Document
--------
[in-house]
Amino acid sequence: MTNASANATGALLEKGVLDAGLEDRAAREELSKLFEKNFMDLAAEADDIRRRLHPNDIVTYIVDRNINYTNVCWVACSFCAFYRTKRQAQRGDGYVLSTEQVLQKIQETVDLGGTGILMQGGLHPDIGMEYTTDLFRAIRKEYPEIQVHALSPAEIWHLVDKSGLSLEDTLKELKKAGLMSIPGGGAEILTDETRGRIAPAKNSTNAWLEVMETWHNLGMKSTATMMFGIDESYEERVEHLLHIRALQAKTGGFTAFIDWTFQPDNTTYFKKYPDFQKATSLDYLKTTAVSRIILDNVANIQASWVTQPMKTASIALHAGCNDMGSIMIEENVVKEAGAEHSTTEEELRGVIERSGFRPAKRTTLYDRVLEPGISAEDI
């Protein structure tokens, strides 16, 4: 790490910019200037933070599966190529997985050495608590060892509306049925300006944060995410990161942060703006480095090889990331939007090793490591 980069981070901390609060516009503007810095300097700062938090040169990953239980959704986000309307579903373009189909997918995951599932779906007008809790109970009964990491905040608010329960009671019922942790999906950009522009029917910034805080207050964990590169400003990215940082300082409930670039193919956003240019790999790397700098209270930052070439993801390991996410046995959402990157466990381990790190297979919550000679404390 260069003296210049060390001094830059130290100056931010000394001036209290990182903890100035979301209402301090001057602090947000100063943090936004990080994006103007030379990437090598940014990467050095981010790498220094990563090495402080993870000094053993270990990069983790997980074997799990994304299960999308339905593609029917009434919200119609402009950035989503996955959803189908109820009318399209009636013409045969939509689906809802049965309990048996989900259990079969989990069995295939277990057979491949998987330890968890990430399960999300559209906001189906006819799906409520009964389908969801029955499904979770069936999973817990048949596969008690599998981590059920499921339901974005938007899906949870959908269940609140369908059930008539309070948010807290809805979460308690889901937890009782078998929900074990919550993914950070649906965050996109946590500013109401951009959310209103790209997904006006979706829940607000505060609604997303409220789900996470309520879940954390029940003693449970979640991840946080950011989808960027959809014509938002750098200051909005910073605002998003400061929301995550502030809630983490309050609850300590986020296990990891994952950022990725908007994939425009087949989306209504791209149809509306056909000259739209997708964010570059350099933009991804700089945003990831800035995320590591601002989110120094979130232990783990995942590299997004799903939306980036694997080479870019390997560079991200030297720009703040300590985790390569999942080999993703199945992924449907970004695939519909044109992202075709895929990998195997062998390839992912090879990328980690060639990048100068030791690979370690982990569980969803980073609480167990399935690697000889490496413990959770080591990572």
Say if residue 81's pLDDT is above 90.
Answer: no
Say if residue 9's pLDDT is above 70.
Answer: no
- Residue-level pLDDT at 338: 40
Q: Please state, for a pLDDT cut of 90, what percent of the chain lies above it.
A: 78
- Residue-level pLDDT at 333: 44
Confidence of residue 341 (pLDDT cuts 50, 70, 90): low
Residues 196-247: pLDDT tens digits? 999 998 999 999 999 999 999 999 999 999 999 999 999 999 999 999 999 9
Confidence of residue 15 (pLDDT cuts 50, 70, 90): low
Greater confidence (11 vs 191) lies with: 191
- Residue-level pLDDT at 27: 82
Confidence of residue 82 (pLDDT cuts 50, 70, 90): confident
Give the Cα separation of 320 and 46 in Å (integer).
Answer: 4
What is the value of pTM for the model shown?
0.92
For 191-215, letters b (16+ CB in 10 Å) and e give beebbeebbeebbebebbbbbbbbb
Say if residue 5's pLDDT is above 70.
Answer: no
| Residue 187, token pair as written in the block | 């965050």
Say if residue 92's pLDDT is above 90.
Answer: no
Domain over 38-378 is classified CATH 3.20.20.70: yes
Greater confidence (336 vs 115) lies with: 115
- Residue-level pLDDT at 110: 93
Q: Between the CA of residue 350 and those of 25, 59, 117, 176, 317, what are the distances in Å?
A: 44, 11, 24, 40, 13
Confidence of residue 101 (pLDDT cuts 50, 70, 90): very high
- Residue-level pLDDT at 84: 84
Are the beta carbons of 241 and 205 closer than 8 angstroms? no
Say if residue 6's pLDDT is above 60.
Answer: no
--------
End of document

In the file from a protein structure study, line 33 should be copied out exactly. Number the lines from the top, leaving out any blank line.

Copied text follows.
Confidence of residue 101 (pLDDT cuts 50, 70, 90): very high